The first section of the exposition, placed in the main room of the building, presents the beginning of Dior’s creations, from the period in which Harper’s Bazaar gave them the name: New Look. Inspired by the idea of the “absolute woman”, the haute-couture pieces present the architectural vision over tailoring which characterizes all the creations of Christian Dior.
The section “Dance of time” begins with the influences of the 18th century fashion, with the sumptuous dresses “Palmyre” and “Armide” from the 50’s-60’s collections. The Belle Epoque is used as an inspiration for the gorgeous pieces, in the style of the optimistic period before the World War One. The Koh-I-Noor dress, named after the biggest diamond ever discovered is inspired by the grandiose balls of that time and is distinguished through the complicated decorations made out from golden beads and gemstones caught in an ensemble of tulle and lace. Vitoria de Castellane’s jewelry, which became iconic for Dior, completes the atmosphere: lush, excessive, rare, they remind us of the art-nouveau style because of the floral motifs and fluid forms.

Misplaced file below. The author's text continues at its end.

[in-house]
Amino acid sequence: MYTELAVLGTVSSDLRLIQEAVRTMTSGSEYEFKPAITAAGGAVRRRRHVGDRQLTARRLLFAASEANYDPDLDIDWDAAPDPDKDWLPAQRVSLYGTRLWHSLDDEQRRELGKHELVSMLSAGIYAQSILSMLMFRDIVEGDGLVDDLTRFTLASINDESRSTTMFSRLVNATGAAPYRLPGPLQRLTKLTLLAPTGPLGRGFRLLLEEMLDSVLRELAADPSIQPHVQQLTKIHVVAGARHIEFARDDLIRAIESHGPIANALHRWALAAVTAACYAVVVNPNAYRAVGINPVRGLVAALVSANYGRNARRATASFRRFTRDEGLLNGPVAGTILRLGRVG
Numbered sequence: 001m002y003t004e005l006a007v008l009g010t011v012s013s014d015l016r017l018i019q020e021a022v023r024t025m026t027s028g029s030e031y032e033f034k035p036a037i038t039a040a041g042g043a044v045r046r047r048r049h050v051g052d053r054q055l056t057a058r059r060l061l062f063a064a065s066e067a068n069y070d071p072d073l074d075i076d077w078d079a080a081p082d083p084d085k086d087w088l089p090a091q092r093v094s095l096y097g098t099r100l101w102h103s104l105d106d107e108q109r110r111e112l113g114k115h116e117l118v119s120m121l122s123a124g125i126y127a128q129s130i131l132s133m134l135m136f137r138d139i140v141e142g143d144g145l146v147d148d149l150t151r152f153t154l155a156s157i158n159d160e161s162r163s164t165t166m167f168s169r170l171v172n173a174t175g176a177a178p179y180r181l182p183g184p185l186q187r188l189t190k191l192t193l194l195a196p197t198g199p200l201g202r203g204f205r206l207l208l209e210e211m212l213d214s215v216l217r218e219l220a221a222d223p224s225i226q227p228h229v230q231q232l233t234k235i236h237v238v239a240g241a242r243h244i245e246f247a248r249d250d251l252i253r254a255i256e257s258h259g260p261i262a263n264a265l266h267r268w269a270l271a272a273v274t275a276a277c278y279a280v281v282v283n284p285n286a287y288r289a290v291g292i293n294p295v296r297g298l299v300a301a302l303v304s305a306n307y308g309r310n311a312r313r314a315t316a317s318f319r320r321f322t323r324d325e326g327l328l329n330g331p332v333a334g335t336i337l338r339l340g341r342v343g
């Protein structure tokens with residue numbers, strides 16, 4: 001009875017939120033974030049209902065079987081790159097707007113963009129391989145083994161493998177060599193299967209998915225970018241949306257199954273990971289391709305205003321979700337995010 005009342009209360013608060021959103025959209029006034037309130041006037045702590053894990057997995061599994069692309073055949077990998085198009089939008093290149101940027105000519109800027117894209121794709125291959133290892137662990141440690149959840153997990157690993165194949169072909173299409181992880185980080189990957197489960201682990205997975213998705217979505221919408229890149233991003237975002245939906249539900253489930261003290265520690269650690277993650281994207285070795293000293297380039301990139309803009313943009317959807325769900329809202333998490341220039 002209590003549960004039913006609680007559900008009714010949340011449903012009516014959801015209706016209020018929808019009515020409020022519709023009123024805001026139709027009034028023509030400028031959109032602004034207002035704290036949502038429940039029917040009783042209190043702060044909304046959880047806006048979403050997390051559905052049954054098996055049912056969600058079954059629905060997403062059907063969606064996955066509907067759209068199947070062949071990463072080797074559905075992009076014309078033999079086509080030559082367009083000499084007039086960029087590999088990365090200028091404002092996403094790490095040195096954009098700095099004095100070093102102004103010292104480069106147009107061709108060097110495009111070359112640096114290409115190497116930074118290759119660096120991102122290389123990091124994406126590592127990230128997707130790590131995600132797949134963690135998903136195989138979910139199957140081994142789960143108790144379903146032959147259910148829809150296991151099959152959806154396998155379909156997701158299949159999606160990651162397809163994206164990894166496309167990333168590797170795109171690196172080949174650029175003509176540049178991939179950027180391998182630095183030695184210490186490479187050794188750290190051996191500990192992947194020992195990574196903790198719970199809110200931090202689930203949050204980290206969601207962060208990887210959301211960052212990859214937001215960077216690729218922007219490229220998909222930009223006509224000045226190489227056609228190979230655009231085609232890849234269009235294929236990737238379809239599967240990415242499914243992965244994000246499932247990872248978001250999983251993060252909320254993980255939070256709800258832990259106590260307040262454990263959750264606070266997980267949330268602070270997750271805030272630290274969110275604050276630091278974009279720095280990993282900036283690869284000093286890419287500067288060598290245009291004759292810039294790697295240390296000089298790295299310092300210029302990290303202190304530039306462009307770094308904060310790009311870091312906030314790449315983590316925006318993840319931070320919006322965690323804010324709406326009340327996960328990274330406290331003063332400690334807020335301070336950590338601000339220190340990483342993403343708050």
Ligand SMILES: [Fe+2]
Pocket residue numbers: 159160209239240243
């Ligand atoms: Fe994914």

J’Adore perfume, the most important in the history of Dior, is celebrated through two artistic multimedia installations. The first one, designed by Olga Kisseleva, is a “pipe organ” made of one hundred stylized perfume bottles and was created together with the chief perfumer of Dior, Francois Demachy. Every bottle of perfume contains an essence that, when is lit, diffuses a particular odor. Just like a symphonic pipe organ, the creation of the Russian artist combines the notes of different flavors to recreate the complete portative of the J’Adore perfume. In the same time, a video projecting system illuminates the glass containers to accentuate the idea that sits at the basis of the installation: the invisible becomes visible.
The Pharaohs, the Ancient Egypt, the sun and the gold are the defining elements of the second installation dedicated to J’Adore. The Egyptian sarcophagus owned by the museum is the central piece of a composition in which dozens of perfume bottles surround the immortal body of the pharaoh. The décor is completed by numerous Dior dresses inspired by the opulence of the North-African kingdom during its glory period.
The memorable exposition took place in 2011 and can also be visited online, by taking a virtual tour.